Tuesday, June 28, 2022

Health advisories issued for Cave, Black, and Hauser Lakes

| October 7, 2021 2:24 PM

Panhandle Health District (PHD), the Idaho Department of Environmental Quality (DEQ), and the Coeur d’Alene Tribe (for Black Lake) have issued public health advisories for Cave, Hauser, and Black lakes in Kootenai County. They are urging the public to use caution when recreating in or near the water, especially where ingestion is a risk.

Water quality monitoring confirmed the presence of cyanobacteria, also known as a harmful algae bloom (HAB) or blue-green algae, along the shorelines of both Cave and Hauser Lakes (including the east end of Hauser Lake and at the public beach). The algae was also discovered in the entire water body of Black Lake.

Caution should be taken anywhere the water appears discolored or murky as HABs can spread or move with wind and water currents. HABs have the potential to produce dangerous toxins especially when accumulated in high concentrations. The physical appearance of these blooms can be unsightly, often presenting as discolored water, streaks or globs of scum and causing thick green mats along lake shorelines. Pets, children, the elderly, and people with compromised immune systems are most at-risk of harmful exposure.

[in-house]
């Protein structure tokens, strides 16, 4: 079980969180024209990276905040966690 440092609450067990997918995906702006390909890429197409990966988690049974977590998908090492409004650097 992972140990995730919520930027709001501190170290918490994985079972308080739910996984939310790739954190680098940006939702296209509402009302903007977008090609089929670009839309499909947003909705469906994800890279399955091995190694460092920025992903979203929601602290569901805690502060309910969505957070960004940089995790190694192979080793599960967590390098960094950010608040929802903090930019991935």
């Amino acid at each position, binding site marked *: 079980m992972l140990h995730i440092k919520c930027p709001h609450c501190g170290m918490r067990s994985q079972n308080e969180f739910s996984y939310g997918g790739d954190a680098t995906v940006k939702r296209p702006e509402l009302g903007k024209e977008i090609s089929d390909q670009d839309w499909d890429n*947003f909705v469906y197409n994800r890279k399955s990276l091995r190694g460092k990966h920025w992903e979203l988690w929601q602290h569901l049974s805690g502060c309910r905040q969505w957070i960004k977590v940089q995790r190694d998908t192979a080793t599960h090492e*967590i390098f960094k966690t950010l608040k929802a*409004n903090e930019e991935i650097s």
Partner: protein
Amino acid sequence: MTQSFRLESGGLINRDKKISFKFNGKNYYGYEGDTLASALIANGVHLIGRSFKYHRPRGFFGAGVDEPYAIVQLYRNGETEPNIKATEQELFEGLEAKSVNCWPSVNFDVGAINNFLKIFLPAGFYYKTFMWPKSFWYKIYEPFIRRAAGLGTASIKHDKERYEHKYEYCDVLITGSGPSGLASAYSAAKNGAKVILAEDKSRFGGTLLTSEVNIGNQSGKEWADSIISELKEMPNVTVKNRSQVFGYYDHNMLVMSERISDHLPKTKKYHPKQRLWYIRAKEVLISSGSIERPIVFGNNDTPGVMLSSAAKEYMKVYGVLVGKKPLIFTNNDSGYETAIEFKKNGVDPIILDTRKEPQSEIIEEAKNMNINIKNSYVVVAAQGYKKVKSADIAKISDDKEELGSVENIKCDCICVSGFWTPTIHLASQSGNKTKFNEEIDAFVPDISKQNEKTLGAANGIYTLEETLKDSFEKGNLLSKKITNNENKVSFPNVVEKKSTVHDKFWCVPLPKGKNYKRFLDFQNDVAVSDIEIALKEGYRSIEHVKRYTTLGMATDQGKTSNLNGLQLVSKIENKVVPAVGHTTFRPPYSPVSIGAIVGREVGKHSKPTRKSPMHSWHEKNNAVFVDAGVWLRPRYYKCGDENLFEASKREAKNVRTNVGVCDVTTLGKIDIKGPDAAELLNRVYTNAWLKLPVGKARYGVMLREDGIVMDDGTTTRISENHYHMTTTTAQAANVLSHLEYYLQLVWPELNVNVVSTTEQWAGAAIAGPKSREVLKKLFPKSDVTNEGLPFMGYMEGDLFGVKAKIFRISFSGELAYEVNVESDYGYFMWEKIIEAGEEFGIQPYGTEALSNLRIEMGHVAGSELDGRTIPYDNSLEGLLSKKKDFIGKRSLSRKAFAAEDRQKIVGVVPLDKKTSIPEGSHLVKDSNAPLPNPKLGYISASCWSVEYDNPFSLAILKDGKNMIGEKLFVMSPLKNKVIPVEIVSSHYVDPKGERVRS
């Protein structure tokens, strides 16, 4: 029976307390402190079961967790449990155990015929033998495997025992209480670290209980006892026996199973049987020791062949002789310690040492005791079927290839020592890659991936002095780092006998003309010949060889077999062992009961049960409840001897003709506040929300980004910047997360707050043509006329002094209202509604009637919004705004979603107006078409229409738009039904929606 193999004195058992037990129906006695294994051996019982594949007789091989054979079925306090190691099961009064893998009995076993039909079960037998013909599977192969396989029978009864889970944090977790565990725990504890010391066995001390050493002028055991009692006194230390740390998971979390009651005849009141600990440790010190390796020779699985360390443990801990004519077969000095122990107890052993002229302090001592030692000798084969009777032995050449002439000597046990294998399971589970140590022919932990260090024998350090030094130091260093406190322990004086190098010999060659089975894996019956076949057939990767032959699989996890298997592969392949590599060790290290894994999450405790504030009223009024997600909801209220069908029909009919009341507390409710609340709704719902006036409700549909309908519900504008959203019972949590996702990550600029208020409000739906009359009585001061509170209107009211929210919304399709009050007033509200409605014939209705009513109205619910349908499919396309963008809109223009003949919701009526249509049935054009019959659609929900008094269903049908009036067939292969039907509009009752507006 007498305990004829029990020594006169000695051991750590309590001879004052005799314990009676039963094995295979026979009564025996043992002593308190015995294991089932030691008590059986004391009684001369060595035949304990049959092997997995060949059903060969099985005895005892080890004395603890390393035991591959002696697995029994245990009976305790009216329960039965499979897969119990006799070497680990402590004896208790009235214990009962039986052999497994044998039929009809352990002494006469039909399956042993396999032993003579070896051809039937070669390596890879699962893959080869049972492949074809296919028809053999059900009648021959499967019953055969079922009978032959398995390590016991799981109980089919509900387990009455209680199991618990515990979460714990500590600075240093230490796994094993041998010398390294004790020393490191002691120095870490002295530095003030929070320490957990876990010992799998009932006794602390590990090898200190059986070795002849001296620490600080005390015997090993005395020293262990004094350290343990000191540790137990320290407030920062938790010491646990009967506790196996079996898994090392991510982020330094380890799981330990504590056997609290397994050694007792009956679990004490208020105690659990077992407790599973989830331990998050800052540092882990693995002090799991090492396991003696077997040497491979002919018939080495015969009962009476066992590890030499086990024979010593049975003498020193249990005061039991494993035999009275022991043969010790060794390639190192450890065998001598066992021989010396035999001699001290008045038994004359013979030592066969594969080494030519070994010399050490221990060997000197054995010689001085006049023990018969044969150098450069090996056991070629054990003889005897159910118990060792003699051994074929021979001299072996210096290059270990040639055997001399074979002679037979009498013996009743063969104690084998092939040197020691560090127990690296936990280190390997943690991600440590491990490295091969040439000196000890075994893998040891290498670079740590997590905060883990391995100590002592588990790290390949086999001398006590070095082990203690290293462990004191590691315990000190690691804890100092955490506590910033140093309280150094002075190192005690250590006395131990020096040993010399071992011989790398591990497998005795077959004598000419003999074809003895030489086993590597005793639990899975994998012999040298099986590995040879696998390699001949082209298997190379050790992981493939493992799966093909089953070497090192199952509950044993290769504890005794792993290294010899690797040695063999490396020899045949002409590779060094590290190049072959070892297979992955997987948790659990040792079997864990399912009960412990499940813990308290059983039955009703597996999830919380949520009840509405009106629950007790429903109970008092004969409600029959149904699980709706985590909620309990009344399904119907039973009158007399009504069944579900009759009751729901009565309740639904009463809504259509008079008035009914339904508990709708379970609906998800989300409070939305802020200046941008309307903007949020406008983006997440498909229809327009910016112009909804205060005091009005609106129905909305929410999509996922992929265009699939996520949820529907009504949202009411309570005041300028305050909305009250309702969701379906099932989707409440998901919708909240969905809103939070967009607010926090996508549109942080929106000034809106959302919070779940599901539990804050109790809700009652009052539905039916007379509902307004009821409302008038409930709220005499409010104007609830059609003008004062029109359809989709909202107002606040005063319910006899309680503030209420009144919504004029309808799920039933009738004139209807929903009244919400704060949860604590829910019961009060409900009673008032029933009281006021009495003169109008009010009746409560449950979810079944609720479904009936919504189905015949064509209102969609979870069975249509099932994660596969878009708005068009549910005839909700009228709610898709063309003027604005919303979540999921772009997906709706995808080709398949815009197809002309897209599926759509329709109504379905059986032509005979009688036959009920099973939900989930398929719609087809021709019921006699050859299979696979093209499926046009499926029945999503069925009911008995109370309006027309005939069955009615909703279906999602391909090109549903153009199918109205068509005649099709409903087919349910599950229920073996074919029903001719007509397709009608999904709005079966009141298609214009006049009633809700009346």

Anyone recreating in the area of these affected lakes is advised to take precautions to avoid exposure to lake water appearing to contain a HAB. Private domestic water system owners utilizing the lake as a drinking water source are cautioned that potentially present toxins cannot be removed by boiling or filtering the water. If contact (swimming, bathing, or showering) has been made with water containing a HAB, it is recommended to wash off with fresh water.

If people choose to eat fish from these lakes, it is recommended that they remove all fat, skin and organs before cooking, since toxins are more likely to collect in those tissues.

Symptoms of exposure to algal toxins vary according to exposure. Symptoms include rashes, hives, diarrhea, vomiting, coughing, and/or wheezing. More severe symptoms affecting the liver and nervous system may result from ingestion of water. If symptoms persist, consult with your health care provider.

The public will be advised when the concern no longer exists.

Updated information on harmful algae blooms in northern Idaho can be found online at https://www.deq.idaho.gov/water-quality/surface-water/cyanobacteria-harmful-algal-blooms/.



Harmful algal scum at Hauser Lake.

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